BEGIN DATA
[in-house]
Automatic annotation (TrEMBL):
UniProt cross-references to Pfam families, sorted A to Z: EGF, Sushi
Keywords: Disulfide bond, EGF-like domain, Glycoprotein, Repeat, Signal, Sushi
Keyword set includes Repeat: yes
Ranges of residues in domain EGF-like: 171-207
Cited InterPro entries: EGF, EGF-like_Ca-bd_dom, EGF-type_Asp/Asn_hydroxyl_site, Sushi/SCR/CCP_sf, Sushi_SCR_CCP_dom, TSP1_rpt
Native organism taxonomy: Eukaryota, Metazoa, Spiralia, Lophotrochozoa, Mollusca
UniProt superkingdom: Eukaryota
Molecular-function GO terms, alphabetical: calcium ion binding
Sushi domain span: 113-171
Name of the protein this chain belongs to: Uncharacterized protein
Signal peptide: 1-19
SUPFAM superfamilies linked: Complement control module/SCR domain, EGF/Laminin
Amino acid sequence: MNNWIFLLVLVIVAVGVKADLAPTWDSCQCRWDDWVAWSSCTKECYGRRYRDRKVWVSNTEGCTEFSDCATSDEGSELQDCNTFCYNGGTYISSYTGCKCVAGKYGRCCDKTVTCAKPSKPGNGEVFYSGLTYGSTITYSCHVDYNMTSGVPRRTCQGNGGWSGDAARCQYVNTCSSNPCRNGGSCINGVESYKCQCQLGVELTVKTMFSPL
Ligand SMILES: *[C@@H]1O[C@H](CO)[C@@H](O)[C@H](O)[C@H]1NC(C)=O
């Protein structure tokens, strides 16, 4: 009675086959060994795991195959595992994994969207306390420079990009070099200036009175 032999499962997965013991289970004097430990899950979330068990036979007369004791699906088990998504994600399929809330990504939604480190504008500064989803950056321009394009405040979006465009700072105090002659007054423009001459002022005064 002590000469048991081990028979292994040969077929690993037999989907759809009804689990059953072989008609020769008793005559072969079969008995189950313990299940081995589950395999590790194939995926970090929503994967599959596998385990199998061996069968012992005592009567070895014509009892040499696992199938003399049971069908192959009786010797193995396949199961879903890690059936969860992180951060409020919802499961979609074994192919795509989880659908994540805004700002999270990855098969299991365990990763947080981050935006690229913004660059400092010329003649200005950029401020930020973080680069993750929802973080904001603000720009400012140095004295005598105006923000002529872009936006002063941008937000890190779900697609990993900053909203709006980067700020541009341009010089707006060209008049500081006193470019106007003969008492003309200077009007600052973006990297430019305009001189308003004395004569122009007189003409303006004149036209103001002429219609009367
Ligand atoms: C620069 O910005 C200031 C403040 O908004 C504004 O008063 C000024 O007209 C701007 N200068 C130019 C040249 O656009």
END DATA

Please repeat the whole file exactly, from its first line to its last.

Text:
[in-house]
Automatic annotation (TrEMBL):
UniProt cross-references to Pfam families, sorted A to Z: EGF, Sushi
Keywords: Disulfide bond, EGF-like domain, Glycoprotein, Repeat, Signal, Sushi
Keyword set includes Repeat: yes
Ranges of residues in domain EGF-like: 171-207
Cited InterPro entries: EGF, EGF-like_Ca-bd_dom, EGF-type_Asp/Asn_hydroxyl_site, Sushi/SCR/CCP_sf, Sushi_SCR_CCP_dom, TSP1_rpt
Native organism taxonomy: Eukaryota, Metazoa, Spiralia, Lophotrochozoa, Mollusca
UniProt superkingdom: Eukaryota
Molecular-function GO terms, alphabetical: calcium ion binding
Sushi domain span: 113-171
Name of the protein this chain belongs to: Uncharacterized protein
Signal peptide: 1-19
SUPFAM superfamilies linked: Complement control module/SCR domain, EGF/Laminin
Amino acid sequence: MNNWIFLLVLVIVAVGVKADLAPTWDSCQCRWDDWVAWSSCTKECYGRRYRDRKVWVSNTEGCTEFSDCATSDEGSELQDCNTFCYNGGTYISSYTGCKCVAGKYGRCCDKTVTCAKPSKPGNGEVFYSGLTYGSTITYSCHVDYNMTSGVPRRTCQGNGGWSGDAARCQYVNTCSSNPCRNGGSCINGVESYKCQCQLGVELTVKTMFSPL
Ligand SMILES: *[C@@H]1O[C@H](CO)[C@@H](O)[C@H](O)[C@H]1NC(C)=O
């Protein structure tokens, strides 16, 4: 009675086959060994795991195959595992994994969207306390420079990009070099200036009175 032999499962997965013991289970004097430990899950979330068990036979007369004791699906088990998504994600399929809330990504939604480190504008500064989803950056321009394009405040979006465009700072105090002659007054423009001459002022005064 002590000469048991081990028979292994040969077929690993037999989907759809009804689990059953072989008609020769008793005559072969079969008995189950313990299940081995589950395999590790194939995926970090929503994967599959596998385990199998061996069968012992005592009567070895014509009892040499696992199938003399049971069908192959009786010797193995396949199961879903890690059936969860992180951060409020919802499961979609074994192919795509989880659908994540805004700002999270990855098969299991365990990763947080981050935006690229913004660059400092010329003649200005950029401020930020973080680069993750929802973080904001603000720009400012140095004295005598105006923000002529872009936006002063941008937000890190779900697609990993900053909203709006980067700020541009341009010089707006060209008049500081006193470019106007003969008492003309200077009007600052973006990297430019305009001189308003004395004569122009007189003409303006004149036209103001002429219609009367
Ligand atoms: C620069 O910005 C200031 C403040 O908004 C504004 O008063 C000024 O007209 C701007 N200068 C130019 C040249 O656009």